21st annual Bal Masque raises funds for AIDSBy Alexandra Ellsworth | 02/05/2014 11:00pm
On Saturday evening, the Tuscaloosa community will don its boots and hats in attendance of Tuscaloosa’s 21st Bal Masque, or masked ball. The ball is part of a traditional Mardi Gras celebration and is put on every year by the Mystic Krewe of the Druids.
Krewe co-captains Robby Johnson and Ray Taylor chose “Big Boots, Big Buckles” as the theme for this year. Attendants are encouraged to dress in the theme. Taylor said he chose this year’s western theme because he wanted it to be a fun night.
“Last year, we had a very formal ball in honor of our 20th anniversary,” he said. “This year, I wanted to do something totally opposite from that and do something that would be more casual and just fun to start our third decade.”
The ball will be held at the Bama Theatre on Saturday beginning at 8 p.m. Tickets are $40 for general admission and $60 for VIP tickets. VIP tickets include access to the Captain’s Party at 7 p.m. before the ball and the after-parties. Taylor said he is expecting another sold-out crowd of 750 people.
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The Bal Masque raises money for the West Alabama AIDs Outreach. Over the 21 years the Krewe has put on the ball, they have raised more than $350,000 for WAAO. This partnership between the Krewe and WAAO began at the Krewe’s inception.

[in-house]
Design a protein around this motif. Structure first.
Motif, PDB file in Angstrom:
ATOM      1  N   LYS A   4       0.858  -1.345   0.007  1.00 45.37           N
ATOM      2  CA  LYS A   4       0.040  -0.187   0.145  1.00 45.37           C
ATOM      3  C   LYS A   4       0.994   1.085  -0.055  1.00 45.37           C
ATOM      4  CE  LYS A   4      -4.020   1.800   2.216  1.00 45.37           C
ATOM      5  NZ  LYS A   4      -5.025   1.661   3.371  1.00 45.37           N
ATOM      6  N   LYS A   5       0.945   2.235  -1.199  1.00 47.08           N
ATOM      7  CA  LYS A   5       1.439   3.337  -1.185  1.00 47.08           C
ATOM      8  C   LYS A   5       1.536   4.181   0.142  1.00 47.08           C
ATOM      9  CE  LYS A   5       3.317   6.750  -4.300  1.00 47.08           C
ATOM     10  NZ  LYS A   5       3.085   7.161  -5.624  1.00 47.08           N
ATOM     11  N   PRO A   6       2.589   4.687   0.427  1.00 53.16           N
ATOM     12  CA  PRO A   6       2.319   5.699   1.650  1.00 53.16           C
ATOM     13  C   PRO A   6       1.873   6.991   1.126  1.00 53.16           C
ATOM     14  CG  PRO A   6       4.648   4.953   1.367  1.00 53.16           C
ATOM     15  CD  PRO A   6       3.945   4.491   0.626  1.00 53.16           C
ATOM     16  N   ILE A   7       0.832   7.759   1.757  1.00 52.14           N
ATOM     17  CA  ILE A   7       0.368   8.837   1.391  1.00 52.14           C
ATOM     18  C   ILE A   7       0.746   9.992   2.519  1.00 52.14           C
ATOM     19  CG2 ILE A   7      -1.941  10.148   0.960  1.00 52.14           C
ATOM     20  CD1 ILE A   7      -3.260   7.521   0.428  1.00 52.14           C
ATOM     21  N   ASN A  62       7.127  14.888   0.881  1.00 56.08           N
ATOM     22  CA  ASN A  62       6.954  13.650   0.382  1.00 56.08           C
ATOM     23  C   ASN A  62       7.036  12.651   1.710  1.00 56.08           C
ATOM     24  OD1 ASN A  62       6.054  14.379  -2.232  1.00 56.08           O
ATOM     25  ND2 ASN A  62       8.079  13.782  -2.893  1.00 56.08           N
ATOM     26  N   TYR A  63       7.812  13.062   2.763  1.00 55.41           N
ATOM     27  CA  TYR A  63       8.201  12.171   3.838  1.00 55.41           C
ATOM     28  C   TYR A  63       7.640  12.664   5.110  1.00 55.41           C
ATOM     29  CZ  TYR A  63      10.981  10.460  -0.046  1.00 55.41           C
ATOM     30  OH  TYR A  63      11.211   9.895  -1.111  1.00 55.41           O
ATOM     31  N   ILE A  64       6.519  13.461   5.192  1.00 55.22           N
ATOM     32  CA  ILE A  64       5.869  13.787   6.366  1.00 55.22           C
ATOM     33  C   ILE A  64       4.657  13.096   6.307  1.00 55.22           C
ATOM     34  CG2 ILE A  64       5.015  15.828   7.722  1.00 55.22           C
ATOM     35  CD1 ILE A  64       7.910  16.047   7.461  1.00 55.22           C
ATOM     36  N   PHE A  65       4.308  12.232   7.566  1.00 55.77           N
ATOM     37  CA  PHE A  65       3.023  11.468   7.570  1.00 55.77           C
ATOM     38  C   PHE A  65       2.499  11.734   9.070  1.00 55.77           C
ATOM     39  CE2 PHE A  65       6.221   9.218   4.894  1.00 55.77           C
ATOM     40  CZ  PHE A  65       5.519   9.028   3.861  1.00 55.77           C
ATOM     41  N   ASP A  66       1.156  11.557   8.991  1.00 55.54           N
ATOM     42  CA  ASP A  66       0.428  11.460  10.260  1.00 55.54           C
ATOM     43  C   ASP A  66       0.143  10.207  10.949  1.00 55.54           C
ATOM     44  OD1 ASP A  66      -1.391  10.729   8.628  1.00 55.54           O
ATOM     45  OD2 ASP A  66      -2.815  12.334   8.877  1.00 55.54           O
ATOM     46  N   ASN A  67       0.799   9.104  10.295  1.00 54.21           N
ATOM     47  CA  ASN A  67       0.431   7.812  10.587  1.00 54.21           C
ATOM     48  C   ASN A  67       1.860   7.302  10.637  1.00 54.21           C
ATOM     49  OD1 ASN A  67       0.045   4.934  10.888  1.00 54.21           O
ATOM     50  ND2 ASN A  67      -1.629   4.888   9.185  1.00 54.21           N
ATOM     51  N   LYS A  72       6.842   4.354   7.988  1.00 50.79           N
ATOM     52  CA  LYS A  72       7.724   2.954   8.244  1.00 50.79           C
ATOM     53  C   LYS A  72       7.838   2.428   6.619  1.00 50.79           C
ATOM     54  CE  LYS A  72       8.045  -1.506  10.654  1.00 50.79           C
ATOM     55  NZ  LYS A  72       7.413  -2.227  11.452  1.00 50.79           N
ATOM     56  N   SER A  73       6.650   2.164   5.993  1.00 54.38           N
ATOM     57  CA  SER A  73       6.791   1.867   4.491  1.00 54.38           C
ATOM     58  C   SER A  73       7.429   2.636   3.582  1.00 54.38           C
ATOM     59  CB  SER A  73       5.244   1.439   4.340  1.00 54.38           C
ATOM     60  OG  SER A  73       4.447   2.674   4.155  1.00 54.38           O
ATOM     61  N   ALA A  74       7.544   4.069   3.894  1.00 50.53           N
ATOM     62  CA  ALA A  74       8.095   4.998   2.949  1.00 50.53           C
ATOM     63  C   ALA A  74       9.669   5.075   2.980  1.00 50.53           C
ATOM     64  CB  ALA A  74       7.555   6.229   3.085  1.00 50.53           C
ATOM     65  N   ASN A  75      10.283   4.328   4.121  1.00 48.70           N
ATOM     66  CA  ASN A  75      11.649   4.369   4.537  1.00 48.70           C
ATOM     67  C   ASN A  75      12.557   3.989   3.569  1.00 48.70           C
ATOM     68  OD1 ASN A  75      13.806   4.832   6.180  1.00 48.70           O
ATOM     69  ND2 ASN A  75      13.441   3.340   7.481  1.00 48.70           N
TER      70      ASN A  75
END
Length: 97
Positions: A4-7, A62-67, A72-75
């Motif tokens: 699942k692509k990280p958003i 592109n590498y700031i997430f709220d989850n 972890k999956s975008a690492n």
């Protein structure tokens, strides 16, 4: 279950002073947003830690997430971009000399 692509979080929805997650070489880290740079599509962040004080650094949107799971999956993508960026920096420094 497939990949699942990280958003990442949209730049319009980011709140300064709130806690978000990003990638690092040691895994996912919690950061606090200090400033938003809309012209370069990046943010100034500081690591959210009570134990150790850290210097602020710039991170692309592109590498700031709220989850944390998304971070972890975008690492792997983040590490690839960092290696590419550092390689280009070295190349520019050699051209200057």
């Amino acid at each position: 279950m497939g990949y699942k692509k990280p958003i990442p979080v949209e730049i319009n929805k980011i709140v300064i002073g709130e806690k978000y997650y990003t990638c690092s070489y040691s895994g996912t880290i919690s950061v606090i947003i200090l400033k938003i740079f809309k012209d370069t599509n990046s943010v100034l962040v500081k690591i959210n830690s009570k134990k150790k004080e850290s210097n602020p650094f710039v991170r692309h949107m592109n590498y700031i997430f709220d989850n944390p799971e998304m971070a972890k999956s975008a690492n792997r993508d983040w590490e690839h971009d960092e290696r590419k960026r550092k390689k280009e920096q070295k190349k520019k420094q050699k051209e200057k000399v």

“We wanted to start something in Tuscaloosa for Mardi Gras,” Taylor said. “This was 1991 when we were first starting to see the effects of AIDS. We decided we needed to do something about it and formed the Quilting Bee.”
Billy Kirkpatrick, executive director of WAAO, said the Krewe has had a tremendous impact on WAAO.
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“We are incredibly blessed to have community members who spend so much time and money to hold a benefit on our behalf,” Kirkpatrick said. “They have raised an enormous amount of money in the past 20 years, and that money has been essential for us to continue providing the services we do.”
Kirkpatrick said the money is used for client services and infrastructure costs at WAAO, where they serve 230 individuals living with HIV. Taylor said he hopes the day will come when they no longer need to raise money for AIDS.
Ultimately, he said he hopes to see it cured.
“I don’t want it to always be for the same cause,” he said. “I want our work to lead to curing AIDS, and then we can work on raising money for hospice or cancer.”
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Taylor said he is excited about the night and hopes the community enjoys it as well.
“It’s going to be a fun theme,” he said. “I want to thank the community for supporting us for all these years, and we are going to have a good night together this weekend.”